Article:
Is There an Abandoned Steam Engine at the Bottom of Round Lake?
Last month, we talked about the myth that an abandoned locomotive is buried beneath the BNSF Railway near Hinsdale. Today, we're going to explore another mystery of railroad history; namely, that there is a steam engine in a watery grave at the bottom of Round Lake.
A bit of background for starters. The village of Round Lake was founded in 1908, taking the name of the lake upon which an ice house had been constructed, one of the numerous such ice houses in Lake County, some of which we've discussed before in detail.
According to the Village's web site, "In 1901, Armour and Company completed work on a five acre ice house in Round Lake and was said to be the largest in the world. The plant made 100,000 tons of ice each winter and provided employment for many people in the area. One-hundred-and-eighty tons of ice were hauled out of the lake each day. A large guest house adjoined the plant that was home to some of the 300 employees who worked at the ice house."
|Armour's Ice House, Round Lake, IL. (Illinois Digital Archives)|
A 1917 fire destroyed the ice house, which wasn't rebuilt since refrigeration was taking over the industry at this point, rendering these ice houses obsolete.
|Possible photo of the steam engine that used the spur. Image: Village of Round Lake.|
Before its closure, the ice house would connect to the Milwaukee Road line in the area via a spur leading directly to the lake, shown below.
|An arrow points to the Round Lake Spur above. In this map, spurs to Long Lake and Taylor Lake (via the Soo Line) are also visible, and most likely served a similar purpose.|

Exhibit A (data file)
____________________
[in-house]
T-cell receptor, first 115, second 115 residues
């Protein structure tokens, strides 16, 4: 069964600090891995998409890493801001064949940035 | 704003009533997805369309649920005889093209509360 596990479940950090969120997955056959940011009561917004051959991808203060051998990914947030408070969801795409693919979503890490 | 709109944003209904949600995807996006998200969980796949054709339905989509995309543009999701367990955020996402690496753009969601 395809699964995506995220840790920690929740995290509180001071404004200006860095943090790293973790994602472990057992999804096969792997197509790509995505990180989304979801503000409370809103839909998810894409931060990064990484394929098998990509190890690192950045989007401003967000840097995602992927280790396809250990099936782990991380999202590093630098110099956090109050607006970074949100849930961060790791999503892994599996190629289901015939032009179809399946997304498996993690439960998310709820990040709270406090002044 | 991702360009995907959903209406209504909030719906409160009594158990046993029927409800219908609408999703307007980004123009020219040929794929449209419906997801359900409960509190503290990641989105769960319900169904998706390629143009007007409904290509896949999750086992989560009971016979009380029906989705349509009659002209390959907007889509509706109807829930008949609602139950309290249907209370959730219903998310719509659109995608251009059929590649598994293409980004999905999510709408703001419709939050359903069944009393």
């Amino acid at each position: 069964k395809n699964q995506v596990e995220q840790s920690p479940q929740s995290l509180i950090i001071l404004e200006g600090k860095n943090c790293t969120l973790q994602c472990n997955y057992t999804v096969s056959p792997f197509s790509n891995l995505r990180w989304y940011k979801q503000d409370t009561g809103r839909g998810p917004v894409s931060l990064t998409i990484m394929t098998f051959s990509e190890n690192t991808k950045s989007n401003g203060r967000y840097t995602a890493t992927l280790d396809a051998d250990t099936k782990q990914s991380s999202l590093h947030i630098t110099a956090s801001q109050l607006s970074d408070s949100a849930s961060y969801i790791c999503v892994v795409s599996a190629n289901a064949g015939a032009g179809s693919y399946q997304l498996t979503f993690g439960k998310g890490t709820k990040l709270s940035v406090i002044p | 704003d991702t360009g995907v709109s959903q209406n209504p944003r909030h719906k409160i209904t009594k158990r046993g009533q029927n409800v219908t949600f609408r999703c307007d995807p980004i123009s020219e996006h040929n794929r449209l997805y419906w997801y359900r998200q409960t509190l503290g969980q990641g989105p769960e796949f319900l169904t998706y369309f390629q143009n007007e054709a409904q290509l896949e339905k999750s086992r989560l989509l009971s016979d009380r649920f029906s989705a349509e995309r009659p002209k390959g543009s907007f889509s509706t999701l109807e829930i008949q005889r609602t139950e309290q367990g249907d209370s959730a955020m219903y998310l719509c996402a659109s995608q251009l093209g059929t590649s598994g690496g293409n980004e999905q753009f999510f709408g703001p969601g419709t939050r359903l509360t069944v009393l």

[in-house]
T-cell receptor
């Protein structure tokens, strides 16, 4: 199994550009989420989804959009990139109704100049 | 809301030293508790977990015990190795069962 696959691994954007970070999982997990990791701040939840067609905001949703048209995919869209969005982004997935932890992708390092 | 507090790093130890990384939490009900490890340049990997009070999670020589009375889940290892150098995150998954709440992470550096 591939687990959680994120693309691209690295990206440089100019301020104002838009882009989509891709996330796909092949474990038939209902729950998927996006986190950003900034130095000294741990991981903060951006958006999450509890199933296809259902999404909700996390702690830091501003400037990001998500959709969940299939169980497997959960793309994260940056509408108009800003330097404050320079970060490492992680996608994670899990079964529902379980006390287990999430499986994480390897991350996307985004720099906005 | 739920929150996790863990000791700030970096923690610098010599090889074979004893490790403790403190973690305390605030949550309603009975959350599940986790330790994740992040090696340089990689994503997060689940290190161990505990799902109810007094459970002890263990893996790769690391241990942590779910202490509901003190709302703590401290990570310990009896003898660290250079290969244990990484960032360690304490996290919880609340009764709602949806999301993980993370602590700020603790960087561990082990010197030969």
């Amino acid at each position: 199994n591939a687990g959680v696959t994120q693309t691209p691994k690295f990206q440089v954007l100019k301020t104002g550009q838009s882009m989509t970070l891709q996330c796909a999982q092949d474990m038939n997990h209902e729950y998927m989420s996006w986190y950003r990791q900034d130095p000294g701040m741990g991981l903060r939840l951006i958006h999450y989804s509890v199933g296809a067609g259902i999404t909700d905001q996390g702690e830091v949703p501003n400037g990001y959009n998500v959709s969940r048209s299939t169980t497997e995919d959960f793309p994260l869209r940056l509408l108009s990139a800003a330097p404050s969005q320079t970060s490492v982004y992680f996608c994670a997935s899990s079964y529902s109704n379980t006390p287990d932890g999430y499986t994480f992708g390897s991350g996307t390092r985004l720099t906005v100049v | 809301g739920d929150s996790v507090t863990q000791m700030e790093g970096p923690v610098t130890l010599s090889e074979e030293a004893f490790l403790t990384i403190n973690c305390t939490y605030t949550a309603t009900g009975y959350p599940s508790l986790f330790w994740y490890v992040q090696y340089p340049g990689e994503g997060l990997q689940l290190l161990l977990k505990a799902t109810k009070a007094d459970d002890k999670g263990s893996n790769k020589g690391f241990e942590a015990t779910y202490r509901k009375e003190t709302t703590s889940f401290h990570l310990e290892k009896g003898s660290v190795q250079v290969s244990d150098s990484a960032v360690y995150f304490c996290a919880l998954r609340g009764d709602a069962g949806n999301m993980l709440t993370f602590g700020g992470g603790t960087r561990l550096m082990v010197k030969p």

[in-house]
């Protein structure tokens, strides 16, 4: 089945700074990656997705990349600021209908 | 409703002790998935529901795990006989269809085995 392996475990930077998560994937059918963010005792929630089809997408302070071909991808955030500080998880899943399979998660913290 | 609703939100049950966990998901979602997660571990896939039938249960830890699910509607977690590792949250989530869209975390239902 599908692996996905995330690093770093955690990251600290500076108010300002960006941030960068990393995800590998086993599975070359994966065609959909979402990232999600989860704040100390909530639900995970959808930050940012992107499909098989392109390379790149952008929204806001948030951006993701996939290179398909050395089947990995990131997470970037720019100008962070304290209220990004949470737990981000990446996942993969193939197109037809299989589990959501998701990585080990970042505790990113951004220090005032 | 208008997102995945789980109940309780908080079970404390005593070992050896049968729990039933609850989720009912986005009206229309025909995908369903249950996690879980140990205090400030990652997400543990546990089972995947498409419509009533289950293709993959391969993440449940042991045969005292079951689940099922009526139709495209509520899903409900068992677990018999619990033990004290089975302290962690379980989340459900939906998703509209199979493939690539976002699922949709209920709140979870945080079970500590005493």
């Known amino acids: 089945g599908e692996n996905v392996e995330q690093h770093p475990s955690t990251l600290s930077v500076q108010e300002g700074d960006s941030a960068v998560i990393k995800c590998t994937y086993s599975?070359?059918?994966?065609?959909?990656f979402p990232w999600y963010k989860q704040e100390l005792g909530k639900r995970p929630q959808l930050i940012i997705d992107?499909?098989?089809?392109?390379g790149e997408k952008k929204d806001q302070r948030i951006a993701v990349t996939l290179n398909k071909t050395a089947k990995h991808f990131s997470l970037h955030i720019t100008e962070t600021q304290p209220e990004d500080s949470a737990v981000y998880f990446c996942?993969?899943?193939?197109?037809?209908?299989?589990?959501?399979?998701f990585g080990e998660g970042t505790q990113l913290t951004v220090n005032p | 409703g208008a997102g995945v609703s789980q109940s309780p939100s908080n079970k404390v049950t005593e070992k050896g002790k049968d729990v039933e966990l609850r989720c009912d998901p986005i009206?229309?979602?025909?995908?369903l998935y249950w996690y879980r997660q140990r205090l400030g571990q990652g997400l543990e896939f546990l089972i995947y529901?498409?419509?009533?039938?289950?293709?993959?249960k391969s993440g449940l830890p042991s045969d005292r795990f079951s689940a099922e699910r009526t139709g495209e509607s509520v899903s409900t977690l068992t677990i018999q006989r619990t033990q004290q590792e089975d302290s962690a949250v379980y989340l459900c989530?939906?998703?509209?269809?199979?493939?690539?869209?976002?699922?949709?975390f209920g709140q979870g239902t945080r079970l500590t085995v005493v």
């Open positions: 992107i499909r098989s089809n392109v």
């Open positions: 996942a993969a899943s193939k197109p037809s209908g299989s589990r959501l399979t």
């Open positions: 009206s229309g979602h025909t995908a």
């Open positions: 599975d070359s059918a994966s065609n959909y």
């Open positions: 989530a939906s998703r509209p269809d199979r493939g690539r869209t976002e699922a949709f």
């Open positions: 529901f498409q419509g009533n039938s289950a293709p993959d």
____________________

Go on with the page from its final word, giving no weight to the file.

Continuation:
Now that we know the story of how and why railroad operations occurred at Round Lake, we have to ask how exactly an abandoned locomotive would wind up there, and that is summed up quite anti-climactically by former Round Lake Mayor Bill Gentes.
Gentes states that, "with the advent of refrigeration the ice house business collapsed quickly in the late 20's and with the depression, business contracted even quicker. So when the decision not to continue with the ice house was made, the question was what do to with the equipment. So legend has it that when the last ice cutting season was finished the engine was parked on the ice, and allowed to fall in when the ice melted."
So is this story true? My guess is most likely not, much like the story of the Burlington locomotive. At its deepest, according to boating charts, Round Lake is less than 30' deep, meaning any locomotive wouldn't sink that far, and may even be visible occasionally on satellite imagery. Even if it weren't visible, Round Lake is used recreationally for boats and fishing. I feel like someone would have noticed something by now. Finally, the most pressing issue with this story is simply why wasn't the locomotive scrapped?
This isn't a story like the Eagle Lake Locomotives, which were left in place in the forest upon commencement of logging operations because it would have been more expensive to ship them out. In this case, the spur easily connected to the Milwaukee Road line, and could easily have been scrapped.
|Birds eye view of Round Lake, IL, with the station in the background. Image: Village of Round Lake|
Thus, while I can never say never with a legend like this, it's quite likely that the only thing you'll find in Round Lake is the occasional car or two.
Thanks as always for reading!
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